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Antibacterial Products Make Septic Tank Treatment Imperative

by Septic1

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<p>     Marketing ploys influencing the fear of bacteria and dirt have spiked the demand for antibacterial soaps and products. Consumers are bombarded with commercials leading them to believe that bacteria is harmful and cause such illnesses as the common cold and flu. Despite studies that antibacterial soaps are no more effective than regular soaps and cleaners, antibacterials have become the dominant products in their categories. In fact, research now shows that anti-bacterial soaps and cleaners may be causing much more harm than good.</p>

<p>     First of all, there are more than 2,000 strains of bacteria. Only a small number of these “germs” can cause harm to the human body. Most of the bacteria illnesses in the United States are not even from dirt, they are food born. Marketers have duped people into believing that by using antibacterials and disinfectants the chance of contracting small illnesses such as colds, flu, and stomach bugs will be eliminated by 99.6%. There is a major catch, these illnesses are caused by viruses, which antibacterial products do not kill.</p>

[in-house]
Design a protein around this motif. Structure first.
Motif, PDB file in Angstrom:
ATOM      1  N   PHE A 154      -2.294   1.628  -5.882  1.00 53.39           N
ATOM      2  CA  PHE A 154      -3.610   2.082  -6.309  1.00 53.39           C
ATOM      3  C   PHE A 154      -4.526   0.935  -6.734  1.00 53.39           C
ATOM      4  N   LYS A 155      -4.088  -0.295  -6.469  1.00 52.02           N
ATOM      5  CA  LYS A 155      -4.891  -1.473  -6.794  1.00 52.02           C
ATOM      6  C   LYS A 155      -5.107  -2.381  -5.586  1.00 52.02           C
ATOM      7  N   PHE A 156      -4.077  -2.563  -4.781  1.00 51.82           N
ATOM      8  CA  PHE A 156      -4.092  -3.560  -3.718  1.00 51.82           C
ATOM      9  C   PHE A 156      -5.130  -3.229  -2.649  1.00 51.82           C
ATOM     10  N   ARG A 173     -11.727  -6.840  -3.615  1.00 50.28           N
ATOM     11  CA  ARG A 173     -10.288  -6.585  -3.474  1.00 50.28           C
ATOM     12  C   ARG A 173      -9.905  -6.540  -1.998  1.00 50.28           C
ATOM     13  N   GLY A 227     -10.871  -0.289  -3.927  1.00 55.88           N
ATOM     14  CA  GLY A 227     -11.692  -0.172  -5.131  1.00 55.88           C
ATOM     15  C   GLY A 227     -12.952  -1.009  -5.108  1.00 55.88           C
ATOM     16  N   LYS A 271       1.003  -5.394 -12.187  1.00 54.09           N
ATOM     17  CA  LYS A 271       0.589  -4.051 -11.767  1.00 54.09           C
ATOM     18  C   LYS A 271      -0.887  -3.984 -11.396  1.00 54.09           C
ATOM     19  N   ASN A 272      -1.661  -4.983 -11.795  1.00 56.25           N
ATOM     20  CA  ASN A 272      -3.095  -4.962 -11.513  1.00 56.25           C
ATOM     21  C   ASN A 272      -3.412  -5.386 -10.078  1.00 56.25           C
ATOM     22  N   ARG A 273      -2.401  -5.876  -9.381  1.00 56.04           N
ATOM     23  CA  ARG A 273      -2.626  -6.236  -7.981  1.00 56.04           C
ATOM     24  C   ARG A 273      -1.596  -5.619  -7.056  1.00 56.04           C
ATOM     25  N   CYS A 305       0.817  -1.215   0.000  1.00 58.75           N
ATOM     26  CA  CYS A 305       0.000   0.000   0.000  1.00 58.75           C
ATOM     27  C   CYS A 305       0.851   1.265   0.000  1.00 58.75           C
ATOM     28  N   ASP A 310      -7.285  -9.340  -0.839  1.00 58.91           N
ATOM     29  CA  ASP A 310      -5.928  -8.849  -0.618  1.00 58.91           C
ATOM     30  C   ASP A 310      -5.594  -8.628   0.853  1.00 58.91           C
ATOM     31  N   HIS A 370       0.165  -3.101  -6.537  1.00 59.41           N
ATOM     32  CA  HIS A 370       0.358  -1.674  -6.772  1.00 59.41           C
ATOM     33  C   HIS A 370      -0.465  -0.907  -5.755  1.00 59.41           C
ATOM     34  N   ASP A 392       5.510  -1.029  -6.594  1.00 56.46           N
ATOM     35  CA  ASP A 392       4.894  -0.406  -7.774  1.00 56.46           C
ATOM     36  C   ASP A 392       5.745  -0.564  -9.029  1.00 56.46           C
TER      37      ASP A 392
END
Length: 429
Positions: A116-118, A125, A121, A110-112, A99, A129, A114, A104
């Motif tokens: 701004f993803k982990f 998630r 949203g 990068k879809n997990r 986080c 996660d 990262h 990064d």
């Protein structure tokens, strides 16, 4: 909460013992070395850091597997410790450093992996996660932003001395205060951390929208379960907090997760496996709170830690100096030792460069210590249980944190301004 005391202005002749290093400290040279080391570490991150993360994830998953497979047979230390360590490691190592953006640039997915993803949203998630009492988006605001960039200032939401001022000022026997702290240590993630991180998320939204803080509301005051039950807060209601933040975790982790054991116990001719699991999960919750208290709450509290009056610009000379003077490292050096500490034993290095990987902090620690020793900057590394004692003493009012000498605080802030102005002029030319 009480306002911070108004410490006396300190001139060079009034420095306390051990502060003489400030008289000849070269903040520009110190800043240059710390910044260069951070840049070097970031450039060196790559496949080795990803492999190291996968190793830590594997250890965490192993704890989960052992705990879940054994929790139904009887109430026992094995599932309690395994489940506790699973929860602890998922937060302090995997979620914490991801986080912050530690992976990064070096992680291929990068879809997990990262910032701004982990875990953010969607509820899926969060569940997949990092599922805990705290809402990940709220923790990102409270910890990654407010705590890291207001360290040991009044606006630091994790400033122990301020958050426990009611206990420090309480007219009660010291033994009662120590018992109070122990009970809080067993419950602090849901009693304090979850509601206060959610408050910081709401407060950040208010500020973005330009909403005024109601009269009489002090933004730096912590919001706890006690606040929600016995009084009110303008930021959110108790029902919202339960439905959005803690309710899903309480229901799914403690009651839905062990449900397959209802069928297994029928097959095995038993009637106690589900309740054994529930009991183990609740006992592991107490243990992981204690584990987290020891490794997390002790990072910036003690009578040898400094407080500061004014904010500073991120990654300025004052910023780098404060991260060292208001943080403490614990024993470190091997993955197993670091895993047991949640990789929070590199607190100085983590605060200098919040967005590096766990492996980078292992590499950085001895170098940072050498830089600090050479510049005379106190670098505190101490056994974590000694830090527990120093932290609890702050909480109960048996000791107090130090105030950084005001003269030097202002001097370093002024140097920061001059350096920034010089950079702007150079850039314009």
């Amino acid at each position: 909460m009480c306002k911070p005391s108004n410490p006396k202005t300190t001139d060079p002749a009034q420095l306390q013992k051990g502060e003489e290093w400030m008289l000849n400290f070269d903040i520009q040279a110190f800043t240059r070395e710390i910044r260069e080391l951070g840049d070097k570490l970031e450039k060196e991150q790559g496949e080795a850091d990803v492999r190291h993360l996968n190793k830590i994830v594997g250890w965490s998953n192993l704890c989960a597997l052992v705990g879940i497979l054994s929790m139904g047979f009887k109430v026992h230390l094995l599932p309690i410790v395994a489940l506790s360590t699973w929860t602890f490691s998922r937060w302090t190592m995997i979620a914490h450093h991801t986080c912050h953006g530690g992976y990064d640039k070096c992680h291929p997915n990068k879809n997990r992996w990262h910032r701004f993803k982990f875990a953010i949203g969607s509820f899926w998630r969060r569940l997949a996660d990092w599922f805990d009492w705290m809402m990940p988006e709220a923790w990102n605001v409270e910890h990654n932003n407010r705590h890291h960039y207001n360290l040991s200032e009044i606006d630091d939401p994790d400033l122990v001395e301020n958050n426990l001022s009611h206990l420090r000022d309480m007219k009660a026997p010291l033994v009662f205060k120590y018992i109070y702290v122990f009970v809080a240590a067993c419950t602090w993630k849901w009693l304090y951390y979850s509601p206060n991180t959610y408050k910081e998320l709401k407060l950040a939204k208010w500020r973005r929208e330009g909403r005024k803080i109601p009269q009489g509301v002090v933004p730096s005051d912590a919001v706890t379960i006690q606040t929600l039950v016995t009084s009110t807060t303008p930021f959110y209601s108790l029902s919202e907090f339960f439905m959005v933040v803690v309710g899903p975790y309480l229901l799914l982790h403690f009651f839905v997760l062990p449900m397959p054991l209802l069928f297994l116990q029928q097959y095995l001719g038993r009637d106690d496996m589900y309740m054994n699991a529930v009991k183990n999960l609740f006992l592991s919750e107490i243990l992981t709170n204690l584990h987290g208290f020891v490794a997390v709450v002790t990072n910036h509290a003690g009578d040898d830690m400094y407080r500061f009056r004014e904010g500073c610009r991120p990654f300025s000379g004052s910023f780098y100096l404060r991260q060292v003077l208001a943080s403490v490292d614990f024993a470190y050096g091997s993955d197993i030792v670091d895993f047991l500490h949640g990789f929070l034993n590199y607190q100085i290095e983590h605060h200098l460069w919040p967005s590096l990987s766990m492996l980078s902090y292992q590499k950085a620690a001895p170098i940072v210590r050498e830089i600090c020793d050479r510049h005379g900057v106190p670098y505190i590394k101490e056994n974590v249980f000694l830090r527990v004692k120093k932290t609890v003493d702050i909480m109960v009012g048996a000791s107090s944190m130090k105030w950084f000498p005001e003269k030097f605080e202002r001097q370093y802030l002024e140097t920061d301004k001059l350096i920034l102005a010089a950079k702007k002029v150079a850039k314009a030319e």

<p>     Bacteria out number the human cells on our bodies 10 to 1. Using antibacterial soaps in the hope of killing all bacteria is simply pointless. Bacteria plays a major part in our daily lives. Bacteria on our skin prevents us from getting sick. Bacteria in our digestive track helps us to break down food and vitamins. Exposure to bacteria is vital for the development of the immune system in children. Studies show that children who are exposed to bacteria have stronger immune systems. In households where antibacterial soaps and and disinfectant cleaners are regularly used, children are more likely to develop asthma and allergies. Studies also show that children who attend daycare – a place bacteria are said to thrive- are 36% less likely to develop leukemia because they have stronger immune systems. Killing the good bacteria on our bodies causes a resistance to antibodies in medicine that kill off harmful germs. This leads to bacteria “superbugs”, like MRSA and VRE that are immune to our antibiotics. Continual use of antibacterial products may cause even more resistant strains of bacteria in the future.</p>